I believe in a literal Hell, as a place of eternal, endless anguish and despair. I believe that Christ died on the Cross for the eternal salvation of those who would believe and accept (without falling away) His priceless sacrifice. I have read that at Fatima when our Blessed Mother appeared that she showed the children "souls by the thousands falling into Hell with great anguish..."

What a horrible thought! Yet, in spite of the public revelation in Sacred Scripture, Sacred Tradition, and Magisterial Teaching, and private revelations such as at Fatima, many Catholics do not believe in either Hell or Purgatory! Many believe that the Catholic Church is a giant "social works" organization. During my first RCIA program (a fully modernist, but all too typical one), I was told by a woman who also worked in Catholic (sic) ministry at a local parish, "The most important thing is Community," "You don't have to believe everything that the Church teaches, like contraception," and "We're all struggling as to what to believe."

Stop apologizing for the Inquisition! In my opinion, at the Final Judgment, I believe that the Catholic Inquisitions will be judged as being among the most righteous and holy institutions in the history of the Catholic Church. Most Inquisitors focused on the Salvation of people's souls, and I have no doubt that there are people in Heaven (or on their way there) who would have gone to Hell forever, except by the Grace of the Inquisition. For me, at this very moment I would rather be taken chained and shackled to the scaffold to be burned alive than lose my eternal salvation.  As I posted earlier, being burned at the stake was largely a painless form of death lasting at most a minute or two (when things were done right), unlike the Native American Indians who "slow roasted" Catholic missionaries for hours.

In our time, we have religious freedom, a "gift" from the deists of the Enlightenment.  In the end, though, our deep religious tolerance may not be a good thing. In giving people the absolute freedom to decide what they do or do not believe, we may have given them the freedom to "think and feel" their way straight into Hell, forever. In our age of complete relativism where there are "no" absolute truths, many, if not most, churchmen have denied the Perfection of the One and Triune God.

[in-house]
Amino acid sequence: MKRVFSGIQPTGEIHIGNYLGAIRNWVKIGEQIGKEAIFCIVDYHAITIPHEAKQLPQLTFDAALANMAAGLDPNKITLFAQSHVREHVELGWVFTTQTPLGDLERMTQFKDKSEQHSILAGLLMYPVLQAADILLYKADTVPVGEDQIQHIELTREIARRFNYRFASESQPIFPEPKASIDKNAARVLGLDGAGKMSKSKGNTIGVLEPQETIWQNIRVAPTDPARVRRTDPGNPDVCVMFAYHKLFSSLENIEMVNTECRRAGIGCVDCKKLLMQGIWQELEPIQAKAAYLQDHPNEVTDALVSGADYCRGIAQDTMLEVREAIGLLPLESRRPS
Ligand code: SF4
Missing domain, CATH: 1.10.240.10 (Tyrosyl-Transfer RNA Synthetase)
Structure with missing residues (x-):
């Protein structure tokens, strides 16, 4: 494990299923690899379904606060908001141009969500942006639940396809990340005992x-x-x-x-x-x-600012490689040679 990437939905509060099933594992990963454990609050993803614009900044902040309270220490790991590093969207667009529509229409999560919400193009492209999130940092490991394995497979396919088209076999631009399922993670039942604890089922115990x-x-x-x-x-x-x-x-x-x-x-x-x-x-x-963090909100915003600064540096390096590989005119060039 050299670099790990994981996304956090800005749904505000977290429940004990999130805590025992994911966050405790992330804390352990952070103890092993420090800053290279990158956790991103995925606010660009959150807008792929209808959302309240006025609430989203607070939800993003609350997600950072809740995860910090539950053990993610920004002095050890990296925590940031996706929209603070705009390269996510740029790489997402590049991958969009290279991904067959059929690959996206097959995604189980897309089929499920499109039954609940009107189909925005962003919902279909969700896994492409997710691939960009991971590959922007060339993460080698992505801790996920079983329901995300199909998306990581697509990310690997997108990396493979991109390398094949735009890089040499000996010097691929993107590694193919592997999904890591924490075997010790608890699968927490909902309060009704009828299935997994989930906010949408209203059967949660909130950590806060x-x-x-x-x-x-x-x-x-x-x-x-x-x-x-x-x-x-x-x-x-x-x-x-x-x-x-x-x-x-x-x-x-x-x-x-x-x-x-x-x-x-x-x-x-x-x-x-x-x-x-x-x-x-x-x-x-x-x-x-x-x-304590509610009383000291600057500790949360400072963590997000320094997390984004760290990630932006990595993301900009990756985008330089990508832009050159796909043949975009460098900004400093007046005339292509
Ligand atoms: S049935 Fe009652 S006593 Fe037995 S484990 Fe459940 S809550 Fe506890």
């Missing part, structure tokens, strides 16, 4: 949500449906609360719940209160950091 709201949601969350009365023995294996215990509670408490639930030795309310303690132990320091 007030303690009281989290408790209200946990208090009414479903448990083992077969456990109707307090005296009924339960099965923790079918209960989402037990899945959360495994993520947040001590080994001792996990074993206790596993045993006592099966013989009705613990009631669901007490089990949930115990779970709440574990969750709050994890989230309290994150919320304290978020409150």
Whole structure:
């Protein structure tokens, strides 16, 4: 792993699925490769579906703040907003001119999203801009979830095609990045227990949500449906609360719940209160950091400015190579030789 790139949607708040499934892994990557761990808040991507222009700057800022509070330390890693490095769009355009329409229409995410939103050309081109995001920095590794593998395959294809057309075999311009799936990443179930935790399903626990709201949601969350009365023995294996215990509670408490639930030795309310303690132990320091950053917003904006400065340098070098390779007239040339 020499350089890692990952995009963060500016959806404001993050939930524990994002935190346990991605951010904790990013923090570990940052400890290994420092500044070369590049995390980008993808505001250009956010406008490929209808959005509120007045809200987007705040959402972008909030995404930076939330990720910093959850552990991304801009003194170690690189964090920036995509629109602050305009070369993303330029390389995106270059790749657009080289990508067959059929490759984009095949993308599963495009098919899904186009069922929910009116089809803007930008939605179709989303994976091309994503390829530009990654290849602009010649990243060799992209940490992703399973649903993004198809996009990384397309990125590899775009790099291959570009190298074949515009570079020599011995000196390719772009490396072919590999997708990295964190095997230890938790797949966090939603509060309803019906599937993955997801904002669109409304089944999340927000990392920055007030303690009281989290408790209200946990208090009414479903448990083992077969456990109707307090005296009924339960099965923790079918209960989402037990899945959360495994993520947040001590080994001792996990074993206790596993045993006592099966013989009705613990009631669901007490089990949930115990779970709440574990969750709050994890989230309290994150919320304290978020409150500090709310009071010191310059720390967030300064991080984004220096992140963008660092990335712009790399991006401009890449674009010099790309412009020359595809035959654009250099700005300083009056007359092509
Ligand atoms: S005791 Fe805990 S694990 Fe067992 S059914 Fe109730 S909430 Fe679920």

Fortunately, for those alive at the time, the world of medieval Catholic Europe operated under a set of much different circumstances. They did what they felt was right in the eyes of God. They were not "sinners" and did not necessarily use "poor judgment". Ultimately, Christ will judge all people, including those of the Inquisition. Catholics should not feel "embarrassed" by that outcome. I am not.

We will all die someday, and I fully and firmly believe that God will judge everyone to ultimately spend eternity in either Heaven or Hell. From the perspective of an obstinate heretic who was taken to the scaffold to be executed but who recanted before dying, the Inquisition may have ultimately been a good thing, assuming, of course, that the person went to Heaven who would have otherwise gone to Hell, except for the grace of the Inquisition. Of course, only the One and Triune God knows for sure.

If you think that the Inquisition was evil or misguided, just consider the state of those countries today where the Inquisitions were the most active – Spain, Portugal, and Italy. Nearly everyone in those countries is Catholic, and consequently, all three of those nations have, at least until recently, the most restrictive abortion laws in the world.  And unless you believe that abortion is a form of "angel making," you must acknowledge it as being the most despicable and vile act in all of human history, for not only does abortion kill the unborn body but excludes the soul of that unborn child from Heaven, for all Eternity. The One and Triune God is a Perfect Being, and in the end, He will not be mocked.

Over the course of six hundred years, the Catholic Inquisitions sent between forty to sixty thousand individuals to the scaffold to be burned by the secular authorities. This is less than half the number of abortions done in the United States every month.